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Each depositor insured to at least $250,000 per insured bank

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4000 - Advisory Opinions


Insurance on Deposits Subject to Bank's Corporate Automated Sweep Program

FDIC-88-63

September 14, 1988

Jules Bernard, Senior Attorney

In your letter of August 1, 1988, addressed to Regional Counsel Judith Sinclair, you inquire about the insurance available on deposits subject to your bank's Corporate Automated Sweep program. The letter has been referred to the FDIC's Washington Office for reply.

I understand that, under the program, a corporate customer that has funds on deposit in a demand account at your bank may withdraw funds from that account for the purpose of making overnight investments in Treasury bills through the vehicle of a Treasury bill mutual fund. To that end the trust department of your bank offers to serve as agent for the customer. You ask:

If the bank were to close with bank records indicating a ledger balance of $50,000, available balance of $150,000 ($100,000 of which is invested by the Trust Department in this mutual fund or is to be invested on that date), what amount of deposit would the F.D.I.C. consider as a bank deposit?

You indicate that Ms. Sinclair assured you that the FDIC would look at the bank records and show the $50,000 as the deposit.

It is true that the FDIC would rely on the bank records. But the amount of the insured deposit would depend on whether, at the time of the bank's failure, the $100,000 would be "invested . . . in this mutual fund" on one hand or would still be held by the bank "to be invested" on the other.

If the bank had invested the money for the customer, then the $100,000 would not be an obligation of the bank itself, and would not be insured; only the $50,000 remaining on deposit would be insured. Of course, your customer would continue to own the $100,000 interest in the mutual fund, and in that regard would not be affected by the demise of the bank.

If the bank had not yet invested the money, but were still holding it as the customer's agent for the purpose of making the investment, the funds would continue to be an obligation of the bank itself, but would be classified as "trust funds." 12 U.S.C. 1813(p). "Trust funds" held by an insured bank are "deposits," see id. 1813(1)(2), and accordingly are eligible for insurance.

The only remaining question is the amount of insurance available on this deposit: that is to say, the only question is whether the deposit that is classified as "trust funds" should be insured separately from the deposit that the customer holds in his demand account. Section 7(i) of the Federal Deposit Insurance Act provides:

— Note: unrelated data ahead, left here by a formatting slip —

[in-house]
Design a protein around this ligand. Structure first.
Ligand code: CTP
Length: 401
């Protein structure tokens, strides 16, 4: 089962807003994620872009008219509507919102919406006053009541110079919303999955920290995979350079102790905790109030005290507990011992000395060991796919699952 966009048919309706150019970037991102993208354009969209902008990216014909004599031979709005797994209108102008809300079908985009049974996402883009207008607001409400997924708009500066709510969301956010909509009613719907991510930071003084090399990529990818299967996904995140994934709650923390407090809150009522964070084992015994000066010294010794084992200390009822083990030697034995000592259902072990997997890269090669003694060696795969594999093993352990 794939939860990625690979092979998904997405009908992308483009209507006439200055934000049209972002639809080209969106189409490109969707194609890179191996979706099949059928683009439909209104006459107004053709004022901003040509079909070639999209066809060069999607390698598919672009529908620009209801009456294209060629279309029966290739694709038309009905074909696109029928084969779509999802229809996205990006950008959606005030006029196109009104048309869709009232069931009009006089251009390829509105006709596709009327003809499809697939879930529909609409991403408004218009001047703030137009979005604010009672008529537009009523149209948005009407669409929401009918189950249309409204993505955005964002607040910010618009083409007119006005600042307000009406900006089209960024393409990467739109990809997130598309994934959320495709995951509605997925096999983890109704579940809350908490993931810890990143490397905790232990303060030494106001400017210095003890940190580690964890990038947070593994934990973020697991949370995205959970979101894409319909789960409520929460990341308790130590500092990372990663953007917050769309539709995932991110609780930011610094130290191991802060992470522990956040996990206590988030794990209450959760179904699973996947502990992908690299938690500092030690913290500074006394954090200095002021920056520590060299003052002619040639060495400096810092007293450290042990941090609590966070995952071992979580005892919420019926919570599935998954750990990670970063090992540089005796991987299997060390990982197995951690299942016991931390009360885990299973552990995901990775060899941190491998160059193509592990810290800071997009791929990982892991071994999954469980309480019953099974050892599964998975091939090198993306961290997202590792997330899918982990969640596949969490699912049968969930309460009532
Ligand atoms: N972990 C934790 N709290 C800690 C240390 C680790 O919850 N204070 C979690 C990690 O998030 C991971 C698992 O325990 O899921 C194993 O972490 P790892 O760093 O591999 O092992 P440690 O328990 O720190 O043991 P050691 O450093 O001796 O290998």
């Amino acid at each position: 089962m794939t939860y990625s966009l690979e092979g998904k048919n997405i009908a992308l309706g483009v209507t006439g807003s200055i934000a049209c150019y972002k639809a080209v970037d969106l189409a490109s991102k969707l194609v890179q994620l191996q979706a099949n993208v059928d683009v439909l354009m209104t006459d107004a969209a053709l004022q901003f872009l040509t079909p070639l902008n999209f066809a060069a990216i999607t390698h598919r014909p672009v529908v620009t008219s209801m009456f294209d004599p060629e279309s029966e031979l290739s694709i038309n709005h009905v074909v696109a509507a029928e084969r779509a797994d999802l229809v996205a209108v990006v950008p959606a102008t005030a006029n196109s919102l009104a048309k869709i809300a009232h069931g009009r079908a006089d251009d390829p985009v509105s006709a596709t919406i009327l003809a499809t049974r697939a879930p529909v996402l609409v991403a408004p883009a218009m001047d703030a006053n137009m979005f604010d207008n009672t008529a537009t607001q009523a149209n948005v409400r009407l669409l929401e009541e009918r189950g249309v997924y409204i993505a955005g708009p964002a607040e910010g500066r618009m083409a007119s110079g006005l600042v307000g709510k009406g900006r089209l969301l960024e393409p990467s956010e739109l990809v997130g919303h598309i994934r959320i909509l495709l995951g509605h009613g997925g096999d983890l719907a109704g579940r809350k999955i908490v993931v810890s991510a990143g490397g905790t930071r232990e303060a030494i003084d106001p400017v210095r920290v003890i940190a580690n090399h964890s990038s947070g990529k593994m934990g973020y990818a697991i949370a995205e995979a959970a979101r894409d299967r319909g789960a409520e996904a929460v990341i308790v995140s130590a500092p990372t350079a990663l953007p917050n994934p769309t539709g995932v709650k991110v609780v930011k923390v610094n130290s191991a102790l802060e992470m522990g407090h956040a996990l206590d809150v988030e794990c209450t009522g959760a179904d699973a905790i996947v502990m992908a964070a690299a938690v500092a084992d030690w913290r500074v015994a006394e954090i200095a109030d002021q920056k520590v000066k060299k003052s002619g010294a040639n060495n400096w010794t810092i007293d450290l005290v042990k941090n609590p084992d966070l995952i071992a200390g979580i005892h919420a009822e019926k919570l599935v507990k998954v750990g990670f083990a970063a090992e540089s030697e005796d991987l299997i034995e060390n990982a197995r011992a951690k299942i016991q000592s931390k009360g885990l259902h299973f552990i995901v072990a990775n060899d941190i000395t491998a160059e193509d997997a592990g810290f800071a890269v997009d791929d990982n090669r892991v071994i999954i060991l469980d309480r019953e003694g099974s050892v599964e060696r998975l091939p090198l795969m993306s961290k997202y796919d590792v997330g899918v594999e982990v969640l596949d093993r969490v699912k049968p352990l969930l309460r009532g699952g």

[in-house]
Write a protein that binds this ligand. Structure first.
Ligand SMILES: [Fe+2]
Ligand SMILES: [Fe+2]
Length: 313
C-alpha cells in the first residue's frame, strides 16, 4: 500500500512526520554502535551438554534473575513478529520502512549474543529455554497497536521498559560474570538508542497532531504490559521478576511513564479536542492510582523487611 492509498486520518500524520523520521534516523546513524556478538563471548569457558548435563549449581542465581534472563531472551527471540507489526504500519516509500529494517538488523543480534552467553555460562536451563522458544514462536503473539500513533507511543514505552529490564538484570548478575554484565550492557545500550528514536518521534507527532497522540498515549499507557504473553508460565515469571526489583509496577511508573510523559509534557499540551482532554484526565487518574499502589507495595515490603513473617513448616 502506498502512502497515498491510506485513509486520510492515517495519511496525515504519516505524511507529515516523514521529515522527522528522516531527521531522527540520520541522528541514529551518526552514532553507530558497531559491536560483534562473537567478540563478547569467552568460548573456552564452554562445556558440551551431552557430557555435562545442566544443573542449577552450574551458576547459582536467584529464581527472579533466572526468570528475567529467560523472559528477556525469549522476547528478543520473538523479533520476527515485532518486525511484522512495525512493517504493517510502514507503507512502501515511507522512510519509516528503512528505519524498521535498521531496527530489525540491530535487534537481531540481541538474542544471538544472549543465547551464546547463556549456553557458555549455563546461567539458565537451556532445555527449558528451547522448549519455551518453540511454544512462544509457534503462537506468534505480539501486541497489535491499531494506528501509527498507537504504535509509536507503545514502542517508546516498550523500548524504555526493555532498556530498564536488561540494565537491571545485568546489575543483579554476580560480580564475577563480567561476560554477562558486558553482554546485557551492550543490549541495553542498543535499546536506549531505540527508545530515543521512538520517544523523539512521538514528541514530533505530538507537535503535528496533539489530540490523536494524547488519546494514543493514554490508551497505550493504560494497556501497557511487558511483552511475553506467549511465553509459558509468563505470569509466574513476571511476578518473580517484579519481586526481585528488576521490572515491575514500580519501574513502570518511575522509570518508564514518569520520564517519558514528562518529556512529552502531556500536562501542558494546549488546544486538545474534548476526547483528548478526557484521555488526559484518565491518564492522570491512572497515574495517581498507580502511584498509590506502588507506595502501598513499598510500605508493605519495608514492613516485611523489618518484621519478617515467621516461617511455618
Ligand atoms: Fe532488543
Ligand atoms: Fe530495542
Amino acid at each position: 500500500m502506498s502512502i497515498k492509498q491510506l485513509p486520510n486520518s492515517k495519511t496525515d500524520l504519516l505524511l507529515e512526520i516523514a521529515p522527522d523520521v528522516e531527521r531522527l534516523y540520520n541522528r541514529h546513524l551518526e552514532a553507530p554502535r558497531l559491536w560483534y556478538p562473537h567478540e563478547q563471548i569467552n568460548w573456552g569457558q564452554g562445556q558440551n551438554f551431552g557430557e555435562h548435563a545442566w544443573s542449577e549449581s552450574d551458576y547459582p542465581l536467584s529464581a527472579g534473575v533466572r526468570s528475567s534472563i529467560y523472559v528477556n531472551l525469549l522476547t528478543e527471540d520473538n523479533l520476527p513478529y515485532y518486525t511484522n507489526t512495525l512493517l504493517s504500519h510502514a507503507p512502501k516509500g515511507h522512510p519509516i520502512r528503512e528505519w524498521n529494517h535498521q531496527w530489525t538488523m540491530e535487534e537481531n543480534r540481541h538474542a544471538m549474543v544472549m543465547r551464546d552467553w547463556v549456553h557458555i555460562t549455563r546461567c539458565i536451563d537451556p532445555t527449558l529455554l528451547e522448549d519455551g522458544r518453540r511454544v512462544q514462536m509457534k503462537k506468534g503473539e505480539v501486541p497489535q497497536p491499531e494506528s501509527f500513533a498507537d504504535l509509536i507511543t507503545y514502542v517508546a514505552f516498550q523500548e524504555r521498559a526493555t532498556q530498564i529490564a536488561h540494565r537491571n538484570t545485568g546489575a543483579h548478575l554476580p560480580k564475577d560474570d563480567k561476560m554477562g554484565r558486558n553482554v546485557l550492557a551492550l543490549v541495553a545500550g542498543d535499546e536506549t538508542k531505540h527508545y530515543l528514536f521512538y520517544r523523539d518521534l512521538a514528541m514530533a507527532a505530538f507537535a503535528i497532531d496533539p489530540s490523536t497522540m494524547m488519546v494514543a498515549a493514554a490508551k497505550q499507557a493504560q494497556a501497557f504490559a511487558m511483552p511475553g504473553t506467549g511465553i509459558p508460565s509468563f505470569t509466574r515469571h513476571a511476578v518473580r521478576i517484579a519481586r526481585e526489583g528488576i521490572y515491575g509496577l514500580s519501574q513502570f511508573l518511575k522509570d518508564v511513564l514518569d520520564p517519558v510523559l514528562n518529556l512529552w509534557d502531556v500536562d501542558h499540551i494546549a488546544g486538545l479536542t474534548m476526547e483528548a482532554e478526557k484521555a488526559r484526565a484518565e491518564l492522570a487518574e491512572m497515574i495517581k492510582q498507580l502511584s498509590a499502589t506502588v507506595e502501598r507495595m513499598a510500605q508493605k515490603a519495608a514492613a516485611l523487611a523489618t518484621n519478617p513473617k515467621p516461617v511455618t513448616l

. . . .[T]trust funds held by an insured bank in a fiduciary capacity whether held in its trust department or held or deposited in any other department of the fiduciary bank shall be insured in an amount not to exceed $100,000 for each trust estate . . . Notwithstanding any other provision of this Act, such insurance shall be separate from and additional to that covering other deposits of the owners of such trust funds or the beneficiaries of such trust estates. . . .

Id. 1817(i).

In my view, the deposit that is classified as "trust funds" does indeed qualify for separate insurance. I consider that the bank holds the funds "in a fiduciary capacity," because the bank is charged with the duty of investing the money on the customer's behalf.

By contrast, occasionally someone will set up two ordinary deposit accounts, one in his own name alone, and one in the name of the depository bank as his "agent." The FDIC does not provide separate insurance for the latter deposit in such cases. It might appear that naming the bank as agent would have the effect of reclassifying the deposit as "trust funds." But the relationship between the bank and the customer that is established by this arrangement does differ in any way from the relationship that arises as a result of a simple deposit established in the depositor's name alone. Accordingly, in cases like these, the FDIC aggregates the deposit held in the customer's own name with the deposit held in the bank's name "as agent" for the customer.

In sum, I conclude that the funds your customer holds on deposit in the demand account is insured up to a maximum of $100,000; that the funds that your bank holds for investment are separately insured up to a maximum of $100,000; and that any funds actually invested by the bank for the customer are not eligible for insurance, as they are not obligations of the bank.


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